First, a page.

We tested the F5 last year and were impressed with the ride quality. Getting out on the 2013 version was like slipping into a favourite pair of comfy shoes. Even better news for potential buyers is the price reduction – it might only be £50/US$230 less but that’s still a saving worth having.
Frame & equipment: Light and dependable but rolling stock needs attention
Felt’s F Series bikes had a major overhaul back in 2011. The frame’s carbon layup was optimised to reduce weight to the 900g mark while improving stiffness and ride quality. That goes some way to improving the 2013 F5’s overall weight of 8.26kg (18.21lb), impressive for a bike at a price of just £1,649/US$2,069.
Despite the bike’s modest price tag, it’s certainly not outclassed in the spec department. It features full Shimano 105, Mavic-rimmed wheels and nice touches such as a carbon seatpost, quality cockpit and classy Prologo saddle.
The drivetrain performs faultlessly, as you’d expect from Shimano’s solid, dependable 105. We were also impressed with Felt’s compact drop bar and classy stem. Out back, a carbon seatpost is a classy touch, and we’re big fans of the Prologo Nago saddle shape.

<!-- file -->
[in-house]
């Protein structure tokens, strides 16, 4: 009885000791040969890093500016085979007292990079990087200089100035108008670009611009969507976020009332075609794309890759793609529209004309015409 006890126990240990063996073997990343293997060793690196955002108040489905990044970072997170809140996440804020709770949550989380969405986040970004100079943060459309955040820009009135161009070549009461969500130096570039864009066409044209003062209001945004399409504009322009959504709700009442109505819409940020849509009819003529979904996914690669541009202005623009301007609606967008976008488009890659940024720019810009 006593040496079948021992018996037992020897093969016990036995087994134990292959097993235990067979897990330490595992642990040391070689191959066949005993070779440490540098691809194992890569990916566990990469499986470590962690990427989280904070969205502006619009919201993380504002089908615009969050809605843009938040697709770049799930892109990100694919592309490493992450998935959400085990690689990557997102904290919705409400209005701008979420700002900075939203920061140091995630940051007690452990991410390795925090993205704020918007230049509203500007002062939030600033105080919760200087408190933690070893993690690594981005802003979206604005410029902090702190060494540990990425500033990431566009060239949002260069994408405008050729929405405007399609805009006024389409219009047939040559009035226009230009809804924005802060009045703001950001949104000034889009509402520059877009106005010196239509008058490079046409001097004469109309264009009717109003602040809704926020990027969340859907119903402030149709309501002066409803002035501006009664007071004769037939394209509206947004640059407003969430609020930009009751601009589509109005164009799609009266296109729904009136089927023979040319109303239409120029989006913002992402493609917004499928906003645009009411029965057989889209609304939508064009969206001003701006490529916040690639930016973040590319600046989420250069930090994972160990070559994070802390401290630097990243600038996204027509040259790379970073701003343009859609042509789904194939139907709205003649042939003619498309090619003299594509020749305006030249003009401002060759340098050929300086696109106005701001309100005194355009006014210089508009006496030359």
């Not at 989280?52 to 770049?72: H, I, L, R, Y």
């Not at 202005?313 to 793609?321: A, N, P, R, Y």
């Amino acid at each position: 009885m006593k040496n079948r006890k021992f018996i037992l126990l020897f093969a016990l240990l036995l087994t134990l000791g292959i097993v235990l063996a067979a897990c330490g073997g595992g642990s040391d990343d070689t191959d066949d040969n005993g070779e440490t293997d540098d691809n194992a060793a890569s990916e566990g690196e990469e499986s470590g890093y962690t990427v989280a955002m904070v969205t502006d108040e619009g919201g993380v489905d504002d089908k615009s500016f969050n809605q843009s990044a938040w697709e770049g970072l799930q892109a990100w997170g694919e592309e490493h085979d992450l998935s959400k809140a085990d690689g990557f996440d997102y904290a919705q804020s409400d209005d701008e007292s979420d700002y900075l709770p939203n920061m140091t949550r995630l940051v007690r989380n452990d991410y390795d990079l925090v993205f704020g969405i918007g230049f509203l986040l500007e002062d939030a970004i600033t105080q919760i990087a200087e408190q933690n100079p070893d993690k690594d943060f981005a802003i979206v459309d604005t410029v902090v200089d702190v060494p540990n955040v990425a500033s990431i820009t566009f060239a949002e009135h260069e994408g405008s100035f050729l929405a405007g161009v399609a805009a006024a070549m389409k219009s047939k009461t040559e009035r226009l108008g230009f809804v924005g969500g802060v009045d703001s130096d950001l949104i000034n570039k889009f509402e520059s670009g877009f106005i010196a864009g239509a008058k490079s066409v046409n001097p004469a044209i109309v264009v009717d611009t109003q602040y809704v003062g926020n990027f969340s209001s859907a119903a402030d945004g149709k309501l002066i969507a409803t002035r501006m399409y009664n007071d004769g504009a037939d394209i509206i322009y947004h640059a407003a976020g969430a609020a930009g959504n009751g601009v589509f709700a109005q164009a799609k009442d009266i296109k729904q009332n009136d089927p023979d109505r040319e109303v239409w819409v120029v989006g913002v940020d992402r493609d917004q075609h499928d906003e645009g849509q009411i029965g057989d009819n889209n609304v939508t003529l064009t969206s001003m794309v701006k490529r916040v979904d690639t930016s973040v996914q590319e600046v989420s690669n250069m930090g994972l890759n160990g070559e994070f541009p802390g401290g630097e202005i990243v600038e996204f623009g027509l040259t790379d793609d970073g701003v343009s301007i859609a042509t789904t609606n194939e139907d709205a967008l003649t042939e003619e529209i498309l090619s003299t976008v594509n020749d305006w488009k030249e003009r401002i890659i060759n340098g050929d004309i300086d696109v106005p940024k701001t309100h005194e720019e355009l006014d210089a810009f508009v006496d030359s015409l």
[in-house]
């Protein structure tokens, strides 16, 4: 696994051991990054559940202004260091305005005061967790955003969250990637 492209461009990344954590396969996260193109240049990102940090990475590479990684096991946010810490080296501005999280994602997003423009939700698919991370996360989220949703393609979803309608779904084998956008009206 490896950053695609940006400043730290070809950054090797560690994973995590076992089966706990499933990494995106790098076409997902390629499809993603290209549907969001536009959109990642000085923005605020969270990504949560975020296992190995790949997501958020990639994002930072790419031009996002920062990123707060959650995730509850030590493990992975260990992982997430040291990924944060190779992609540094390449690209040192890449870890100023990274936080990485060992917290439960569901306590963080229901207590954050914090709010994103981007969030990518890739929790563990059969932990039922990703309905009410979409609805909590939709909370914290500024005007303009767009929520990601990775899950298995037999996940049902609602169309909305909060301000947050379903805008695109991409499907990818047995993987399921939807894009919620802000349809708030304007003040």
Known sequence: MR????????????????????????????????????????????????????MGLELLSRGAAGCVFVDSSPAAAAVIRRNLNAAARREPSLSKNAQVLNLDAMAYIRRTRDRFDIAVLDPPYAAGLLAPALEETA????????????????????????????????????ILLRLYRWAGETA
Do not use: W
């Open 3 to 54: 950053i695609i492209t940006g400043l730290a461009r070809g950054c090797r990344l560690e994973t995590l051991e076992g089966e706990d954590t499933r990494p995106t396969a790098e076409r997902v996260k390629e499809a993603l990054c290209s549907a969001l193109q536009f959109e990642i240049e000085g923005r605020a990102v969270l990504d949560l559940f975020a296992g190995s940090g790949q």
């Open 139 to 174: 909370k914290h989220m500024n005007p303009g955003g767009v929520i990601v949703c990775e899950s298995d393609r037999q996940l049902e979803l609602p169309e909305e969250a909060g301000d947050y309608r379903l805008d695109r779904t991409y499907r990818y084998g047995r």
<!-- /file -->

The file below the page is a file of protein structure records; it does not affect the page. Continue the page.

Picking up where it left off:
Though the frame is a class performer, its tech details are starting to look a little dated, especially compared with Felt’s hugely impressive Z5. All the cable routing is external, and there’s no provision for electronic drivetrains should you want to upgrade at a later date. If you’re happy to stay with mechanical gearing for as long as you’ll have the bike then it’s a bargain, though.
Our only issue with the F5 is the wheels. Mavic’s CXP22 rim has been around for over a decade, and its semi-deep profile makes for a stiff rim. The construction will last and last, and it’s a popular choice for training wheel builds. The Felt branded hubs are simple but solid, too, but the overall package is a little heavier than the frame deserves.
The same can be said of the boots it’s running. Vittoria Rubino Pros are hard-wearing, solid tyres. They’re a great choice for off-season use but you’d want to step up a grade or two before your racing gets into full swing.
Ride & handling: Race-ready but still comfortable
The slender, understated frame has race-ready geometry, and the low chassis weight makes for a bike that’s imminently chuckable. Unlike plenty of bikes designed for speed, though, the F5 isn’t a hard ride.
In fact, we’d go so far as to say that its overall characteristic is suppleness. It’s light and lively over broken road surfaces, but stiff and stable enough to handle the stresses when you throw down the power. Felt’s compact drop bar and stem are both stiff enough during sprints but without transferring any road buzz to your hands.
All in all, we’re still big fans of the F5. It was a top proposition when it was launched and is still a class act in the riding stakes. It is starting to show its age features-wise, but is a bargain for the money.